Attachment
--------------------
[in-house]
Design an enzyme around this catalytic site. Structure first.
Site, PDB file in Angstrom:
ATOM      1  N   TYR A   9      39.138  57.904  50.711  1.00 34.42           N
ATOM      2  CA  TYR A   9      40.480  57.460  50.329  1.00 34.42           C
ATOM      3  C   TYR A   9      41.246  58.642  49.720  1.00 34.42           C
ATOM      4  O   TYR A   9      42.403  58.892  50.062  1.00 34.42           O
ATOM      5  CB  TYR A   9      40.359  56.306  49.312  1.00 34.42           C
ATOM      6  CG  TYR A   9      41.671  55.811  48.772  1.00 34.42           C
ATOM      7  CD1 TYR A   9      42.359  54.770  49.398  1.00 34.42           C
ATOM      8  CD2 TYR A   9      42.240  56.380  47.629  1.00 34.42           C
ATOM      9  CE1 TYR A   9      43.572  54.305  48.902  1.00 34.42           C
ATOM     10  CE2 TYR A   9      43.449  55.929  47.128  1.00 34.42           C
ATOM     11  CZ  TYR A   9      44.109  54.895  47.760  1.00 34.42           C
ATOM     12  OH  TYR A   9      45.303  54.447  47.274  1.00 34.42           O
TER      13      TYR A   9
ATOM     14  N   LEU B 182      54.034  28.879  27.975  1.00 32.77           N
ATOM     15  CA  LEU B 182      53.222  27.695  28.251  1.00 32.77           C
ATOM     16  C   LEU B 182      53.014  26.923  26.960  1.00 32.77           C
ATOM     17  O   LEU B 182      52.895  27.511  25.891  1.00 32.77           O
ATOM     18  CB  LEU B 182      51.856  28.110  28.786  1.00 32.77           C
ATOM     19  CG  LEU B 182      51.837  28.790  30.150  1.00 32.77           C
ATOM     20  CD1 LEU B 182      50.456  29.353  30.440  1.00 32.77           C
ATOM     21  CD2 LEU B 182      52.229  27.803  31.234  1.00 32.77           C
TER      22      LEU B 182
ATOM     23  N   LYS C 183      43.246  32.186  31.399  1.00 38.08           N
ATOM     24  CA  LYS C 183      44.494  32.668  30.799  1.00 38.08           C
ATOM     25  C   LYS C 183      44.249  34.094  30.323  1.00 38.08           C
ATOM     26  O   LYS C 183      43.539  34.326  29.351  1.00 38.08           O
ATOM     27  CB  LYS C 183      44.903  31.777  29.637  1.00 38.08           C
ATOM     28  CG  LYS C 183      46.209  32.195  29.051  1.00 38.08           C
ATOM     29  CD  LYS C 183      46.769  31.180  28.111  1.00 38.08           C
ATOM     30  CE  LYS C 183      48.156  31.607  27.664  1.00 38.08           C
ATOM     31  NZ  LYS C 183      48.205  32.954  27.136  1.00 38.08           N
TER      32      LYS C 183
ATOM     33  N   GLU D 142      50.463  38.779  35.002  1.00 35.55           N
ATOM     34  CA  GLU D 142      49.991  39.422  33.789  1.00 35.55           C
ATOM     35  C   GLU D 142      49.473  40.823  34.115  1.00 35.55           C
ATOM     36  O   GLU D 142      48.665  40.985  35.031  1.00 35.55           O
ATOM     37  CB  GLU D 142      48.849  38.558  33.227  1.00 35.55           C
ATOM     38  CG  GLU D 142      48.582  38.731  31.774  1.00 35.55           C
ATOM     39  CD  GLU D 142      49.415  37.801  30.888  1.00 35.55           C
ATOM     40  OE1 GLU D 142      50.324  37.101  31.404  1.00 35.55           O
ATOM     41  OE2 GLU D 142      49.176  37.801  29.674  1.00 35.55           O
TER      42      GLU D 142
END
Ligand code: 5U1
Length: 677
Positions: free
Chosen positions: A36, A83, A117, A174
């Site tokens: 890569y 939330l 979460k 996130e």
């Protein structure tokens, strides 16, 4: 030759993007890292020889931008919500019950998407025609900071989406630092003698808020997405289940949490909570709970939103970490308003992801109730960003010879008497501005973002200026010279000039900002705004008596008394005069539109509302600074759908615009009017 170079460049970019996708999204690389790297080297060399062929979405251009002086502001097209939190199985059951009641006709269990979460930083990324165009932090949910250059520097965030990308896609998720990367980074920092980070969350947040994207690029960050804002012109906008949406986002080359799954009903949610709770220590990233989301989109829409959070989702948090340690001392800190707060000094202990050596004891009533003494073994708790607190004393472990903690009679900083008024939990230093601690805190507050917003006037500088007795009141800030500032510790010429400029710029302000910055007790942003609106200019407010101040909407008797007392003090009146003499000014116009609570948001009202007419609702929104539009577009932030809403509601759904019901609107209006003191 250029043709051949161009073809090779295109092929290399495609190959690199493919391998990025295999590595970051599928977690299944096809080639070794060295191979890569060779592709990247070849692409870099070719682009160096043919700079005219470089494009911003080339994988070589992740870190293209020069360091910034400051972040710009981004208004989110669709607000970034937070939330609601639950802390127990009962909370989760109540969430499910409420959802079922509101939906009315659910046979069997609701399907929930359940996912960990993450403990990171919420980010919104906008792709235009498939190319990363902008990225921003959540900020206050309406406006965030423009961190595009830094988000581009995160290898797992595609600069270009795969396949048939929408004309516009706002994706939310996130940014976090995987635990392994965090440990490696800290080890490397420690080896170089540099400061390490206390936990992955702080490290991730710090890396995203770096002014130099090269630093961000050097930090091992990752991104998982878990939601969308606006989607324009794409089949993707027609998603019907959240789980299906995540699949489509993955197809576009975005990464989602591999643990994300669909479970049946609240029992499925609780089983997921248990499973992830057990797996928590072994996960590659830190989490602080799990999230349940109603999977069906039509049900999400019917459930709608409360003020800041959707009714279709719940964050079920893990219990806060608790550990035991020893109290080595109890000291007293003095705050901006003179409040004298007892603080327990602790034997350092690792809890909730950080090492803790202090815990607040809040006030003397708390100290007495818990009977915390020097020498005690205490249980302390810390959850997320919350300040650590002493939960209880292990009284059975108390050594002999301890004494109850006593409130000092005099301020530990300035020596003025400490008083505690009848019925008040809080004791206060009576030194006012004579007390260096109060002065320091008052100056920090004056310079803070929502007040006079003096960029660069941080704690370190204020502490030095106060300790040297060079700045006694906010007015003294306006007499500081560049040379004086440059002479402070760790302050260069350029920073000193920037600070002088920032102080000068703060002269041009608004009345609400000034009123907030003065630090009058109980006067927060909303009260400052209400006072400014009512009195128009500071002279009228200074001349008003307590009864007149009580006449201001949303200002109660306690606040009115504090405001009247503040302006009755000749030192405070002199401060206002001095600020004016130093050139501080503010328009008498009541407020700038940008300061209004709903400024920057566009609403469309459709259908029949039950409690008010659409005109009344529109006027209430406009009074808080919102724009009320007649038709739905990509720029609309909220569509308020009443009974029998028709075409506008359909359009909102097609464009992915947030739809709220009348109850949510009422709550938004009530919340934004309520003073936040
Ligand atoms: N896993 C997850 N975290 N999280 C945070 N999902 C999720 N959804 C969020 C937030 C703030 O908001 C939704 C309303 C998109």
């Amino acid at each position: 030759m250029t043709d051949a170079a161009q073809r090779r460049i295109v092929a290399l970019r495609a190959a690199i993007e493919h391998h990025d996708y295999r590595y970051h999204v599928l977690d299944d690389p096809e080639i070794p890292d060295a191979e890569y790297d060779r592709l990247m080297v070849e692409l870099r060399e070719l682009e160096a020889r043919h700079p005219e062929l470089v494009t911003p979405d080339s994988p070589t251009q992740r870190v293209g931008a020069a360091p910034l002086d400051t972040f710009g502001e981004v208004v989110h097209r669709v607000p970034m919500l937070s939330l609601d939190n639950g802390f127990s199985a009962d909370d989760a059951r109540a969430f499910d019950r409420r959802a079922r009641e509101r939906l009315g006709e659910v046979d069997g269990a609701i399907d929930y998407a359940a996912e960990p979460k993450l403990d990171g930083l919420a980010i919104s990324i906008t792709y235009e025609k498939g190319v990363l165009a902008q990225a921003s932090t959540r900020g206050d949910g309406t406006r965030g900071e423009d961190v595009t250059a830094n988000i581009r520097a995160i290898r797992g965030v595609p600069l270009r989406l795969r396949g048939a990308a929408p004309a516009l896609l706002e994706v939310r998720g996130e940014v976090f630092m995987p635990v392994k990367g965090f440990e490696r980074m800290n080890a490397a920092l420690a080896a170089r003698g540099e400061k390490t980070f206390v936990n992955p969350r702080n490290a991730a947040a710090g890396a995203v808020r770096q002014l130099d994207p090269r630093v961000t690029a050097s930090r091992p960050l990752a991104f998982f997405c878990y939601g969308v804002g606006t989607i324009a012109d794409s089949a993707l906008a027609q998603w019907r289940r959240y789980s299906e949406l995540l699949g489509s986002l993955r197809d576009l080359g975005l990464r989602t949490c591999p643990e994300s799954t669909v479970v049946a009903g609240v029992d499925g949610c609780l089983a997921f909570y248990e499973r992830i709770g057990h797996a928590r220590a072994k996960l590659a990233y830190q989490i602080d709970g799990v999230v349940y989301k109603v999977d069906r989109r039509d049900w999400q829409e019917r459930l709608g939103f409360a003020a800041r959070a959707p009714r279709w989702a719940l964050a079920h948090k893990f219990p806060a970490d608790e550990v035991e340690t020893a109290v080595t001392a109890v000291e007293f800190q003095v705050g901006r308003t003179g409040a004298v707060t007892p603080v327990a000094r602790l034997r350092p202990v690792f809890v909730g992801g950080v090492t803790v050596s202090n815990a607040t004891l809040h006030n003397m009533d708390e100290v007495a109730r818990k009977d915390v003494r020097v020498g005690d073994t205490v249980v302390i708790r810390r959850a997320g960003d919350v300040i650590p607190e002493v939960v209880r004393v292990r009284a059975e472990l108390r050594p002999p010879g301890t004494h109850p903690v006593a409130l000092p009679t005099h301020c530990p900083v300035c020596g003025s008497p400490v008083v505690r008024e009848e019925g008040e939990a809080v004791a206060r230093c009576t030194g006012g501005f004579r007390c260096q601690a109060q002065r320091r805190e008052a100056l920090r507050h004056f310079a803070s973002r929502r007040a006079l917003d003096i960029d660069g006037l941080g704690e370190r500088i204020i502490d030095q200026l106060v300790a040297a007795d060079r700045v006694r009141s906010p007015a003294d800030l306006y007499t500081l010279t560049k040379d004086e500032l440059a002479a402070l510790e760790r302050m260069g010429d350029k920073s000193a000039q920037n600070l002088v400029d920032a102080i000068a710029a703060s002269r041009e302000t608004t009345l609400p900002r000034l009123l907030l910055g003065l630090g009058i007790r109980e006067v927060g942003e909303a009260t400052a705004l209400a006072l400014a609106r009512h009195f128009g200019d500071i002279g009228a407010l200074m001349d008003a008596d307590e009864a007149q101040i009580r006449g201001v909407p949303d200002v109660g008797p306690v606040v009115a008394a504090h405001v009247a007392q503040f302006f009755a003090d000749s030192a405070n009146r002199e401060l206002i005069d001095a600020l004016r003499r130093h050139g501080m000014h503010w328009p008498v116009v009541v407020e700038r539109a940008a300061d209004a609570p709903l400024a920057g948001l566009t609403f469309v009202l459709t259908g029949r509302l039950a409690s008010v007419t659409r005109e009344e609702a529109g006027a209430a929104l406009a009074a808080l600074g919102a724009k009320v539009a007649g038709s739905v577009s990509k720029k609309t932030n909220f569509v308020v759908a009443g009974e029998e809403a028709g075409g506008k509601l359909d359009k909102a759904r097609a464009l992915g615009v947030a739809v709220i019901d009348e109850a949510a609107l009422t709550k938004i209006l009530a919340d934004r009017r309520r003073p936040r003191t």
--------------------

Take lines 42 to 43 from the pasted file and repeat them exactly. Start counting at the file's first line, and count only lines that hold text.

ATOM     39  CD  GLU D 142      49.415  37.801  30.888  1.00 35.55           C
ATOM     40  OE1 GLU D 142      50.324  37.101  31.404  1.00 35.55           O